The other issue on which there is now nothing but silence is the right of tenant farmers to buy their land – one of the most important means of changing the pattern of vast landholdings and feudal power structures in many parts of rural Scotland. Is Mr Salmond saying that this too is forbidden by the European Court of Human Rights – or simply by his own anxiety to keep sweet with the landowners?
One observer present at the Community Land Scotland conference in Sleat described his speech as “going through the motions but without any indication of his heart being in it”. That sounds about right. But if that is the case, then the certainty is that nothing much is going to happen because in order to drive a land reform agenda there has to be belief and sustained commitment to overcome the powerful forces both externally and within Government.
It is both a tragedy and a warning that no such belief or commitment exists among those who currently hold power in Scotland. The empty rhetoric of the past has been replaced with the conservative inertia of the present and, if we allow it, the future.
This is an outstanding article by Brian Wilson. Excellent. It tells it like it is.It is clear that now the SNP is in power, it is trimming its sails to the winds of social conservatism…..NATO, nuclear power, nuclear bases, etc etc.. also on a wide range of other issues. I think that its more important than ever to keep up a left agenda and keep pushing on issues, such as land.
Andy you yourself have articulated in your articles that compulsory purchase can only be legal and supersede the owner’s rights if the proposed purchase is demonstrably in the public interest. Is this not what the FM is referring to when he warns of ending up for generations in the European Court of Human Rights”. IS that “patently untrue”?
They would end up in the courts if they tried to do something in a clumsy manner. Wee Eck’s comment simply suggests he does’nt even want to go anywhere near compulsory purchase……..it simply is’nt in his list of priorities.
Brian Wilson and his cronies had the opportunity to do the very things which he berates Salmond for failing to do. Pots and kettles come to mind.
DT perhaps the First Minister sees a difference between compulsory purchase and legislating to allow the ARTB such as Prof Hunter proposes. Besides I think you are on a sticky wicket if it is just the ECHR that is posing a threat to the introduction of compulsory purchase. With all the time and money estates have spent on promoting their side of things , I would have thought you would have been hoping for a greater endorsement of your way of thinking rather than relying on the ECHR to protect you. Furthermore, Prof Alan Miller gave a superb presentation on ECHR during the conference last week in Skye, so you may find tenants using that article to a much greater effect than the lairds ever could.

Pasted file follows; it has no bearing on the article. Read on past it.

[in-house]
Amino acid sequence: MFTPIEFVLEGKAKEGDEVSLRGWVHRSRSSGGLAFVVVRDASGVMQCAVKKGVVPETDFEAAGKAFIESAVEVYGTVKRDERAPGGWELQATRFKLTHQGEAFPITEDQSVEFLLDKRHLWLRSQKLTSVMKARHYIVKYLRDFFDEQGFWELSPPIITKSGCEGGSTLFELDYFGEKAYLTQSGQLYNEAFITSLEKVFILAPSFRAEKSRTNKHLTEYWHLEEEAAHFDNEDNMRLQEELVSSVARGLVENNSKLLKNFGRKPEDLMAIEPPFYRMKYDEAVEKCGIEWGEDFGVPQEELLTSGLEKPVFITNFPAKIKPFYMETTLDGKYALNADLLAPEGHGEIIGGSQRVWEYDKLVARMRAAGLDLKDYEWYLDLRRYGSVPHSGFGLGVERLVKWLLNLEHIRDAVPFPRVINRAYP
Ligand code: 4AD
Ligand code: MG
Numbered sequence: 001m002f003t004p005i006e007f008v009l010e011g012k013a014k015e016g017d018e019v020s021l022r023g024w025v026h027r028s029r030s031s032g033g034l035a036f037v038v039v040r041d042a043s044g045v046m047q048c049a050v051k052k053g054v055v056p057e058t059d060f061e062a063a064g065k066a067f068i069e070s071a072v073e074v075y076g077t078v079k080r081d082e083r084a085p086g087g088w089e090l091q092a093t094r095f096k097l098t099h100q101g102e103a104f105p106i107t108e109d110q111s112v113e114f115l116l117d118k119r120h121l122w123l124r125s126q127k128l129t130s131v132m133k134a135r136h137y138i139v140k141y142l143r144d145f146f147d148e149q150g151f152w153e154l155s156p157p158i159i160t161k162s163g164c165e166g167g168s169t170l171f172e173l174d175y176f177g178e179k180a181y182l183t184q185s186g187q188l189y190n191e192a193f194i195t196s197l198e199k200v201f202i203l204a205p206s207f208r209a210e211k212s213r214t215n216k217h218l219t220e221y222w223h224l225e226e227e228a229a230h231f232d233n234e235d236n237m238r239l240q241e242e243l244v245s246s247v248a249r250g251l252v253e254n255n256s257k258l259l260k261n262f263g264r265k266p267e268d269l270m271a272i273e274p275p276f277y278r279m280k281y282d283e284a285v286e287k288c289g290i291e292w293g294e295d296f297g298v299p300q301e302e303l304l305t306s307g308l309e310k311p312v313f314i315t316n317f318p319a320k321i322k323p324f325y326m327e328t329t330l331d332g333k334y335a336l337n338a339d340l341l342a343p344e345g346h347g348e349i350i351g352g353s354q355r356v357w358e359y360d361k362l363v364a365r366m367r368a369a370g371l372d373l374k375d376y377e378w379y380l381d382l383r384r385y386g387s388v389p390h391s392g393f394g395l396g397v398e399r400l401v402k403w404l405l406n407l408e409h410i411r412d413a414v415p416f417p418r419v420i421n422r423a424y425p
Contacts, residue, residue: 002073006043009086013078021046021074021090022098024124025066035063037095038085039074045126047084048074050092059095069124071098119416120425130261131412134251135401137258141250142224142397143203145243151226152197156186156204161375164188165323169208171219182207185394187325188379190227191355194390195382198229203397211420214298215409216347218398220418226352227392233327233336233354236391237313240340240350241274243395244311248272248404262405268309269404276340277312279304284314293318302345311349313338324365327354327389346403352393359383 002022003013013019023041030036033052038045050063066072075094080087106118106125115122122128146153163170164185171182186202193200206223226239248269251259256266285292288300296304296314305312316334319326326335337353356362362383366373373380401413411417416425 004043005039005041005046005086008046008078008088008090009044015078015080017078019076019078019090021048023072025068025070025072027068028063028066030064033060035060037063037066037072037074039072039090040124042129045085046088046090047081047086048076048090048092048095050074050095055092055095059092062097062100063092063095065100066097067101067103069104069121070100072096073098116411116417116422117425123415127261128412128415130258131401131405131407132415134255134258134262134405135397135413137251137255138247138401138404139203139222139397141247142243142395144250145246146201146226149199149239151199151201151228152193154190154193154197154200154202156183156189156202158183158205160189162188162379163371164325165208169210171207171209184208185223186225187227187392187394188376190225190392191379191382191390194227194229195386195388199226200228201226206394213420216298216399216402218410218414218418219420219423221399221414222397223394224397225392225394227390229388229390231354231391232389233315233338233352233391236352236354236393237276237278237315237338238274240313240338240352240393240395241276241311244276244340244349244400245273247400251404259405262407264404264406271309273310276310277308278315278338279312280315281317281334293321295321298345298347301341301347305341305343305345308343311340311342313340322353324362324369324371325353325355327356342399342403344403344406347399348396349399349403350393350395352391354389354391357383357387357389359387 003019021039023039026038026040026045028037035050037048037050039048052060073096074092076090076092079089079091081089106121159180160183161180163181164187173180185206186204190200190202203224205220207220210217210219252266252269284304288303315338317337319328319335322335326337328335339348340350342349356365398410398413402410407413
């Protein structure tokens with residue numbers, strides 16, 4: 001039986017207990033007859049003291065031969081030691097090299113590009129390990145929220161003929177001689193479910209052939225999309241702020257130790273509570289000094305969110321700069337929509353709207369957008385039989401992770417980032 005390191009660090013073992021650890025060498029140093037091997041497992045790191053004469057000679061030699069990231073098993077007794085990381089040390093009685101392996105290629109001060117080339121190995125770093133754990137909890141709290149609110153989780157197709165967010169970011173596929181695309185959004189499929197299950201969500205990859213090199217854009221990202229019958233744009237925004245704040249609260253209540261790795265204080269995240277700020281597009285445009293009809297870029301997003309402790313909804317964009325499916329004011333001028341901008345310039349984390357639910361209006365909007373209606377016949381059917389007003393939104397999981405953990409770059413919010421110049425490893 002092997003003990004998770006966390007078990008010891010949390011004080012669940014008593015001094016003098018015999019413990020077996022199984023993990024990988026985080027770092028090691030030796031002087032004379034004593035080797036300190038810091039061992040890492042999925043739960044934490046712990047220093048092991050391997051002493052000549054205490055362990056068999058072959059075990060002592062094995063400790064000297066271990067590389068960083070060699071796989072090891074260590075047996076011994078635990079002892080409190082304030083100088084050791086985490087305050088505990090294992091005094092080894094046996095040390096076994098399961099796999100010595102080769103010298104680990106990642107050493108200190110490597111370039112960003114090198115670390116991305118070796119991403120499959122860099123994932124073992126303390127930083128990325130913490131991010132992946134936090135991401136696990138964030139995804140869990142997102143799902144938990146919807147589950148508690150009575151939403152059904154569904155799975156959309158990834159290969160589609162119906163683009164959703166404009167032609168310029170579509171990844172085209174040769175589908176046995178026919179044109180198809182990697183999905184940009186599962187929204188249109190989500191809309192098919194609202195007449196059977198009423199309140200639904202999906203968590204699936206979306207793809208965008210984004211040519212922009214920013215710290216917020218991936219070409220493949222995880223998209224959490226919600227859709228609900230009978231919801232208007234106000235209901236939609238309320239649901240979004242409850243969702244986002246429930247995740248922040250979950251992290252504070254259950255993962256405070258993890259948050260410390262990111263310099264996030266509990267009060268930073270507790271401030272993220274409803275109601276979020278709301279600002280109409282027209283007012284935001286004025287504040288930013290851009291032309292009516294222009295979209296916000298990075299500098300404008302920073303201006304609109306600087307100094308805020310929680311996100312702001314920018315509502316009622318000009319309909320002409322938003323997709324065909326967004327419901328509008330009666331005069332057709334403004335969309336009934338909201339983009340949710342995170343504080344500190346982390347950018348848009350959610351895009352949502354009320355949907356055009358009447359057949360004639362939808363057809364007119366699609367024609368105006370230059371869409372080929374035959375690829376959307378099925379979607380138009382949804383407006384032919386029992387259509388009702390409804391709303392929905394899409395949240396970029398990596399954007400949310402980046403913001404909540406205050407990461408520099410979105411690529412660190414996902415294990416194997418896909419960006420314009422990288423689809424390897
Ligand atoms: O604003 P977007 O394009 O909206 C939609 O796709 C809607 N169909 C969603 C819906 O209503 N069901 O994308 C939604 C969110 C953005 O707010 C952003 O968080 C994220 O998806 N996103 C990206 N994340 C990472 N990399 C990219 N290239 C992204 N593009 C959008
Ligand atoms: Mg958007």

Compulsory purchase has been with us for decades if not centuries – think railways back in the day. All the ECHR mandates is that compulsory acquisition be (a) in the public interest; and (b) subject to fair compensation. Salmond was right and wrong. He was wrong that CP is automatically a no-no but right that any new new extension of CP will probably involve the party adversely affected chancing his arm in the courts (as with Pairc). That’s not, of course, a reason not to advance a new right of CP but the possibility – perhaps even inevitability – of the ECHR court challenge is something that needs to be factored into timescales.
Forget about the compulsory purchase angle. CP is effectively something the state can only do, and Alex Salmond was clearly ruling that out. Individuals within a community are focusing on ARTB nothing compulsory about it whatsoever.
Human Rights go way beyond the European Court. There is a Scottish dimension to Human Rights law, and it is the Governments duty to ensure that it’s population / communities are not being prevented or restricted from making their livelihood or investing within their communities, free from fear or oppression.
Human rights is now the catalyst for change, and the landed elite need to wake up and realise that their squeals of human Rights are a disingenuous insult to the people they have abused in far off Scotland for far too long
My community and the neighbouring communities of the Rural south West of Stirling, all have Development Trusts. Our communities have achieved and continue to achieve in diverse ways community ownership or leases of assets which are building social resilience into our local micro economies. From the mighty Fintry with its community wind power income to tiny Croftamie who’ve achieved so much in terms of rural transport problem solving, we all work together to try and counter the negative external impacts that might affect our way of life and the ability for our young people to live and work in their own community if they so choose. Yes we have ups and downs, we have disasters, but it’s the triumphs that drive us,and these are achieved through the way we communicate, understand and work together as well as with wider partnerships. Sometimes the owners of land are key to successful solutions whether they be private, Local Authority or NGOs. However Hebridean Farmer, we have learned over time that hurling abuse at individuals or sectors negatively affected our credibility and created barriers to achieving solutions. The best advice I was given years ago was to listen and support the various community groups starting projects. If it didn’t come from the community and wasn’t backed by the community, it would ultimately fail, at best leaving a trail of angst and at worst splitting the community. The latter takes years of hard work to build back community cohesion without which, funding support can not be accessed. In 2003 we all agreed our Community Development Plans. 10 years on we have achieved all that was set out and we will soon begin to consult on the community’s aspirations for the next years. Perhaps 10 years is too long for the impatient, but I suspect that the community cohesion we have achieved in this first journey will ensure a shorter time scale next time round.